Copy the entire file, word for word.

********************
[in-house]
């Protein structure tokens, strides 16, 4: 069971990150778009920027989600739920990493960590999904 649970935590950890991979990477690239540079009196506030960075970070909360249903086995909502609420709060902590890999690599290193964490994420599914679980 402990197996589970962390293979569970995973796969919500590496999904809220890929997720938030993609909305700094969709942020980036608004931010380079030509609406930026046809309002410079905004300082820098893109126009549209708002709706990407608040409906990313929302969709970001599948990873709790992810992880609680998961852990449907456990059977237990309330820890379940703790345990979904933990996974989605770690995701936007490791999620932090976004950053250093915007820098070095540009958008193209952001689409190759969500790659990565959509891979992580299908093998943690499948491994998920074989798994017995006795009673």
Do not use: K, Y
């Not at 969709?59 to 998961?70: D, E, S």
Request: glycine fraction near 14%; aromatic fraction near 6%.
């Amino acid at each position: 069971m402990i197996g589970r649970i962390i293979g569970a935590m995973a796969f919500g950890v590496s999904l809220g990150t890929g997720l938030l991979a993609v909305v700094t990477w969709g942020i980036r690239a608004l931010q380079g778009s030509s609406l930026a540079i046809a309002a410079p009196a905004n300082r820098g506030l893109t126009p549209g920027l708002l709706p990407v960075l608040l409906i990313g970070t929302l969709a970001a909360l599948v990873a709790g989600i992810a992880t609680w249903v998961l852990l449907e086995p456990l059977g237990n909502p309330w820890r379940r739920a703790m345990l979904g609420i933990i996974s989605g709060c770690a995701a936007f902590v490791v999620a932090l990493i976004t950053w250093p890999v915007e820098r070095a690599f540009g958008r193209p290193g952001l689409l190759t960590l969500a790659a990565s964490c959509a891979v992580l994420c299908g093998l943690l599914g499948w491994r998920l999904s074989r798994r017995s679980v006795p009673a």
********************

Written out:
[in-house]
């Protein structure tokens, strides 16, 4: 069971990150778009920027989600739920990493960590999904 649970935590950890991979990477690239540079009196506030960075970070909360249903086995909502609420709060902590890999690599290193964490994420599914679980 402990197996589970962390293979569970995973796969919500590496999904809220890929997720938030993609909305700094969709942020980036608004931010380079030509609406930026046809309002410079905004300082820098893109126009549209708002709706990407608040409906990313929302969709970001599948990873709790992810992880609680998961852990449907456990059977237990309330820890379940703790345990979904933990996974989605770690995701936007490791999620932090976004950053250093915007820098070095540009958008193209952001689409190759969500790659990565959509891979992580299908093998943690499948491994998920074989798994017995006795009673």
Do not use: K, Y
């Not at 969709?59 to 998961?70: D, E, S």
Request: glycine fraction near 14%; aromatic fraction near 6%.
């Amino acid at each position: 069971m402990i197996g589970r649970i962390i293979g569970a935590m995973a796969f919500g950890v590496s999904l809220g990150t890929g997720l938030l991979a993609v909305v700094t990477w969709g942020i980036r690239a608004l931010q380079g778009s030509s609406l930026a540079i046809a309002a410079p009196a905004n300082r820098g506030l893109t126009p549209g920027l708002l709706p990407v960075l608040l409906i990313g970070t929302l969709a970001a909360l599948v990873a709790g989600i992810a992880t609680w249903v998961l852990l449907e086995p456990l059977g237990n909502p309330w820890r379940r739920a703790m345990l979904g609420i933990i996974s989605g709060c770690a995701a936007f902590v490791v999620a932090l990493i976004t950053w250093p890999v915007e820098r070095a690599f540009g958008r193209p290193g952001l689409l190759t960590l969500a790659a990565s964490c959509a891979v992580l994420c299908g093998l943690l599914g499948w491994r998920l999904s074989r798994r017995s679980v006795p009673a």